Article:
She had always known that a fate like this awaited most Resistance fighters, but somehow she had never quite thought that her father of all people would fall victim to it! She backed away, unable and unwilling to fight the thing that had been her parent, almost physically sick just watching it. "You... how. How! You were always so careful, how did they get you?"

"Because you were gone." The drone didn't speak, so much as its jaw flopped open and a grating, electronic voice issued forth from its gullet. "I had nothing to care for. Nothing to return to. I fought until I was overcome... and became this."

Tona continued to back away from her drone-father, but she soon came up against a tree trunk and was trapped. The drone reached out and grabbed her by the neck, lifting her and squeezing. "I... this can't be happening. This can't be you!" she protested, scrabbling at the iron-clad fingers with her good hand.

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The drone squeezed mercilessly, and tossed Tona aside. "It can," the monster with her father's face hissed. "It happened because you weren't good enough. You're a failure, little girl!"

Tona struggled to her feet, swaying slightly. "Maybe. But I know one thing -- drones don't taunt. They came after you, and they kill you, but they don't talk to you and toy with you. Whatever you are you aren't a drone!" The monster paused, and silence filled the forest for a moment. "And maybe that means... this isn't the Terminus."

She closed her eyes and pictured herself in a Claremont jacket, compound bow in hand and mask in place. She opened them and looked down at herself, seeing the familiar blue-and-gold of her jacket and the matte black carbon-carbon weave of her bow. She was still wearing leather breeches, though, and she was only holding a few wooden arrows, but she could feel the tension in the glade changing. She didn't feel desperate and hunted anymore. She was about ready to turn the tables.

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Blue Jay reacted first. She brought her bow up and unloaded on the monstrosity across from her, the air suddenly full of flying shafts of wood. They hit the drone squarely, but most simply shattered or bounced off. It looked up at her, organic eye full of anger. "You stupid girl," it spat. "You can't even imagine the situation you're in!"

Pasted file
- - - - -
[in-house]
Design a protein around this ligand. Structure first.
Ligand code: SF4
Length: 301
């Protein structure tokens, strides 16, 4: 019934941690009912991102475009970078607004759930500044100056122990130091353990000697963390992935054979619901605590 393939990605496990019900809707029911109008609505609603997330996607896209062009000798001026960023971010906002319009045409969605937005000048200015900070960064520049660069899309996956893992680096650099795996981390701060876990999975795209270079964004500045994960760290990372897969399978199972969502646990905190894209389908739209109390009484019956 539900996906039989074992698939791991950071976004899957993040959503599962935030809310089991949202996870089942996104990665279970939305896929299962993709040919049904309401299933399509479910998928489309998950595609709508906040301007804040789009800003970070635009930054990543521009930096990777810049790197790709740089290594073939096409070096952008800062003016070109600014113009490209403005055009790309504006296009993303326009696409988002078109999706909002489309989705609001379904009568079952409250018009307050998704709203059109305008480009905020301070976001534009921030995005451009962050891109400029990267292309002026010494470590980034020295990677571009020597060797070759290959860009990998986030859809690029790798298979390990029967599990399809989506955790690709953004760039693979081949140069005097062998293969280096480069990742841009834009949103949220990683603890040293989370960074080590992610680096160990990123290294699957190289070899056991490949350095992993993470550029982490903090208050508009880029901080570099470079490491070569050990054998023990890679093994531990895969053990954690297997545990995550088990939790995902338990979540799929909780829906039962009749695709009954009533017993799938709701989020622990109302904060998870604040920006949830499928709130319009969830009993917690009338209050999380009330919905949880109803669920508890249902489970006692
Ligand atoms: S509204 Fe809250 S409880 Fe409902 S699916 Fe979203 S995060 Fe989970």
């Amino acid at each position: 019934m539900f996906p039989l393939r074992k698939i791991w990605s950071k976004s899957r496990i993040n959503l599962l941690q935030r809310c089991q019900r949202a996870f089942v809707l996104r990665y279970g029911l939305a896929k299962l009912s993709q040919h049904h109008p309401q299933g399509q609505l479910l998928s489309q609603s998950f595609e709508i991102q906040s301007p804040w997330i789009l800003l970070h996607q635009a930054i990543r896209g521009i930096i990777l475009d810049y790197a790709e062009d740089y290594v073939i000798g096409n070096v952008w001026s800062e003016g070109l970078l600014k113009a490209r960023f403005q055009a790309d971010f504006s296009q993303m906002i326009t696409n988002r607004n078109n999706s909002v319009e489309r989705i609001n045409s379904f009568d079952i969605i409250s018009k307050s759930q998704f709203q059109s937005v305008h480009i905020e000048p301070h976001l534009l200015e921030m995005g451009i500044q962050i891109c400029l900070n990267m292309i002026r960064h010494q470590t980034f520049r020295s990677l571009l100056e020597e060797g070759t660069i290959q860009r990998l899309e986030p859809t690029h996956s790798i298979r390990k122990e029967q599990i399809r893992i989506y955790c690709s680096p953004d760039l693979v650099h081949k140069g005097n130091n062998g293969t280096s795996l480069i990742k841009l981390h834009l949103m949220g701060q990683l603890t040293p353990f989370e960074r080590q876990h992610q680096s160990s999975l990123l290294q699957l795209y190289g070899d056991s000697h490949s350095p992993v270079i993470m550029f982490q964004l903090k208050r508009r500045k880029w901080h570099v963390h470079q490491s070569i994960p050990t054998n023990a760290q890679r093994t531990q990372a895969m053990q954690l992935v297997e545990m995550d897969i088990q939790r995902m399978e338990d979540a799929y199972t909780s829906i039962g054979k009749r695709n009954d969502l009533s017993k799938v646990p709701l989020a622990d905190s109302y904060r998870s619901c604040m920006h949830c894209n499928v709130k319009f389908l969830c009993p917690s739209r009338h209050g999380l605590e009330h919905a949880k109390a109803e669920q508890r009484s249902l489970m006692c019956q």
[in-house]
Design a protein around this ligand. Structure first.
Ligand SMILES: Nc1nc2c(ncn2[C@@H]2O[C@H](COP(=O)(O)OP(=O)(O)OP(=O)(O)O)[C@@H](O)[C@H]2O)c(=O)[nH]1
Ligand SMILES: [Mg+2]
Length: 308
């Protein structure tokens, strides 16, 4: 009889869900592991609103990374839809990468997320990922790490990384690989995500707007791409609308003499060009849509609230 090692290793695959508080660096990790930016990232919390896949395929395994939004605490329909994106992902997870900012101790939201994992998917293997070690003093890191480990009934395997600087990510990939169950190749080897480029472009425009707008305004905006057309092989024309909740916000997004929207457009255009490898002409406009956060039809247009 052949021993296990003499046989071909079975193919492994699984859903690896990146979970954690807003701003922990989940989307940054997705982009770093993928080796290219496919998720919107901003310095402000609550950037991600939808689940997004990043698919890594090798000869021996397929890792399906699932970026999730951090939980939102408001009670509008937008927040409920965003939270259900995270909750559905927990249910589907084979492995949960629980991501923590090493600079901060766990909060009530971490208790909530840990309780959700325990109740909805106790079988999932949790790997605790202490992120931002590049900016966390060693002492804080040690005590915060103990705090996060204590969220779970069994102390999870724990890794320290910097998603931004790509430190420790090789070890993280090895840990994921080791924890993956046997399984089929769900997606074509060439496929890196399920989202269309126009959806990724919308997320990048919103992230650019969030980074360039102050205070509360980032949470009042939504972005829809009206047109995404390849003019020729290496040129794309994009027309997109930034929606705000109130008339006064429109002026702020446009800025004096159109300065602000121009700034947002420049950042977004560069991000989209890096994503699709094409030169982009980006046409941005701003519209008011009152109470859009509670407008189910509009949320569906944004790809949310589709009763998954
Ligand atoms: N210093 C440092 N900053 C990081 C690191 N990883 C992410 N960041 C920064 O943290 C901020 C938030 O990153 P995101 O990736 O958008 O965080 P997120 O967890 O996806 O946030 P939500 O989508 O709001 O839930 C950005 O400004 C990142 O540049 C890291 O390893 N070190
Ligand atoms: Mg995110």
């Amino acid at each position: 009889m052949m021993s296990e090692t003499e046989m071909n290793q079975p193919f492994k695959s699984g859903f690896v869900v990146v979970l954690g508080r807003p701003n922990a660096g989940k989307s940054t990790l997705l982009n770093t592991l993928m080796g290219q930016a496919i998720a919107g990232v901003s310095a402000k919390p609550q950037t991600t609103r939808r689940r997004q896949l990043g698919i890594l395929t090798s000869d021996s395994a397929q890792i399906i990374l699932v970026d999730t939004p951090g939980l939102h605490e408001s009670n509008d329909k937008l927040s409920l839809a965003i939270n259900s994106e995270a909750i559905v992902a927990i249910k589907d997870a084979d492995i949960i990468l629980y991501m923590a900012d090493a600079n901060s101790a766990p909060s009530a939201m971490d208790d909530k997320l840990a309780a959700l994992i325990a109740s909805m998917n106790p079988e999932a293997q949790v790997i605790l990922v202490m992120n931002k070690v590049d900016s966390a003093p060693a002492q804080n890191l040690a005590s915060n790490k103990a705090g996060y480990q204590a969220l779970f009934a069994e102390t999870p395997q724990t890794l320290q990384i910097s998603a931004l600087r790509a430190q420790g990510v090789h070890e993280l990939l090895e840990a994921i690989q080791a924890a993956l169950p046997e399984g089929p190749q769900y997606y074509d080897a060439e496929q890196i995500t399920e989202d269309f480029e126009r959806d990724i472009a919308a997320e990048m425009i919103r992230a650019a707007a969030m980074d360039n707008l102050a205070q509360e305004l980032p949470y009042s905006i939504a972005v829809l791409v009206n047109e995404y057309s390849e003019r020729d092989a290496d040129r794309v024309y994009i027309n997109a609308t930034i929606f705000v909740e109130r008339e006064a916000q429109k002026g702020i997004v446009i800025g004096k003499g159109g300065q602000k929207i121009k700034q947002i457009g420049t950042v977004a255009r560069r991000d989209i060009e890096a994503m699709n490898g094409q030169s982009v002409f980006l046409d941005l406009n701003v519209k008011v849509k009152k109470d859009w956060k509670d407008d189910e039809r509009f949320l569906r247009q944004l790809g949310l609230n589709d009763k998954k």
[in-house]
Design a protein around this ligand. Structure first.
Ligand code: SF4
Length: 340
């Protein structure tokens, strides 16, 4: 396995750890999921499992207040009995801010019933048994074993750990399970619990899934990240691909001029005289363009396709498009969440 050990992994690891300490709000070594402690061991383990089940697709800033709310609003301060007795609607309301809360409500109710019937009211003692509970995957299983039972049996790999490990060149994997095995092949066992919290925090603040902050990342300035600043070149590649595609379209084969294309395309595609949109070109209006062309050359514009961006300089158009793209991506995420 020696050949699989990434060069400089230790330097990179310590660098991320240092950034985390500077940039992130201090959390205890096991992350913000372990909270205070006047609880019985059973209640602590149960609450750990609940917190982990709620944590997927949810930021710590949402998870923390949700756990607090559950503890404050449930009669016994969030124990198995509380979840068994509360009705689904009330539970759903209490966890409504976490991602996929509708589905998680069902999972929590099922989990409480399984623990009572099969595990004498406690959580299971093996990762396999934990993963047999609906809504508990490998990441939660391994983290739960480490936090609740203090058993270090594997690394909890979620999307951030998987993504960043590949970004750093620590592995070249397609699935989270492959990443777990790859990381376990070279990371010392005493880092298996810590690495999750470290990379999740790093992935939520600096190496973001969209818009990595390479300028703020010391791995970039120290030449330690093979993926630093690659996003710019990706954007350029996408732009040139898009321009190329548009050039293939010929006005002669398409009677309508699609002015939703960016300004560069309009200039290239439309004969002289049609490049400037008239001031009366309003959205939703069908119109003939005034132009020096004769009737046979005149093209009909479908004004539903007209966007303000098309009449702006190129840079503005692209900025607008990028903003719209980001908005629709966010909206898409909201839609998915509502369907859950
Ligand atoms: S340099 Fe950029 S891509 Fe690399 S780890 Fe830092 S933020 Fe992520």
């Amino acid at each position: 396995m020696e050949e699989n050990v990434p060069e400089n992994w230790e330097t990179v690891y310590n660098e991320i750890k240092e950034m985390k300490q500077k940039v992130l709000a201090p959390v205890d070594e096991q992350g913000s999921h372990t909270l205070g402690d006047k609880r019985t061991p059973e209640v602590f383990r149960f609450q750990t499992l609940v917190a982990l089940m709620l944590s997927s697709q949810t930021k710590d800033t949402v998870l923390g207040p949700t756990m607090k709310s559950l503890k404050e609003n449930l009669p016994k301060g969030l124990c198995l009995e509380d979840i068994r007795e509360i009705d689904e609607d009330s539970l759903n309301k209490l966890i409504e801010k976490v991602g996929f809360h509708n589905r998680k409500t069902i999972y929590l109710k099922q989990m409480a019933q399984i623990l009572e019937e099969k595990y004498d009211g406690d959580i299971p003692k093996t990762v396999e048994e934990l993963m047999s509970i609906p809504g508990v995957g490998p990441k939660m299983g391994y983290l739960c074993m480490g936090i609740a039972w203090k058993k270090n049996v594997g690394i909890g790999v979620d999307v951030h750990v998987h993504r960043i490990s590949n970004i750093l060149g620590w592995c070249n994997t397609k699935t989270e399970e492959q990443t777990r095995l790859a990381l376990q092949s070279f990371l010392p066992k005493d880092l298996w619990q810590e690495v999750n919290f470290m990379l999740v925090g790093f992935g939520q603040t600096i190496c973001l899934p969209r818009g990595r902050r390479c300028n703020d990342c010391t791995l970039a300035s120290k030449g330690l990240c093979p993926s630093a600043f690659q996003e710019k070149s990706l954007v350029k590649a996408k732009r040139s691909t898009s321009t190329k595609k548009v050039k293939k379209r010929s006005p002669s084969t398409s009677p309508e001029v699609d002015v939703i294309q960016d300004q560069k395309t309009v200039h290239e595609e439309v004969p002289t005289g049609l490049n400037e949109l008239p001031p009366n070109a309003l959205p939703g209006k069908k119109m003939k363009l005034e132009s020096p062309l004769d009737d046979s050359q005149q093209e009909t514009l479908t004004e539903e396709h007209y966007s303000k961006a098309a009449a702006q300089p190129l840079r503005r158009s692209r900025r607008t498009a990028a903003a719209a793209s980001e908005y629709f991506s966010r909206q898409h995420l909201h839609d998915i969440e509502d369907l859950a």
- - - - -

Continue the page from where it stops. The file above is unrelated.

It crossed the distance between them in a single leap, a metal fist bearing down on Tona's skull. With her leg good as new, however, it was simplicity itself for her to spring out of the way. "Maybe not," she taunted back, "but at least I can hit you. Let's see you do the same to me!"

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  • 3 weeks later...

Tona bounded away, the metal monster chasing her and trying to land a solid blow. The archer was too swift, however, and avoided the heavy blows deftly. She spun suddenly and unleashed one, two, three arrows directly into the monster's chest; as close as they were, it was impossible to miss, and they buried themselves deeply. Whatever the thing with her father's face was, apparently it felt pain because it stopped the chase and fell to its knees, then to its hands.

Tona was still cautious, but she saw a chance to finish off the monster quickly. She approached it from the side, got a good wind up, and delivered a pitch-perfect kiai as she kicked at its neck. The creature's head dropped off, and for a moment Tona thought she had won that quickly. Except that there was still something growing from the stump of the neck, it just wasn't a head.

Or, it was kind of a head. It wasn't anything firm or substantial. It looked more like the shadow of a head, like if someone's face was barely seen in the deep darkness, and you took away the face but left the impressions and shadows. The shadow-head turned to regard Tona and she backed up slowly, nocking another arrow. Suddenly she felt dizzy, and weak at the knees. Darkness gathered at the edge of her vision, rushed in and --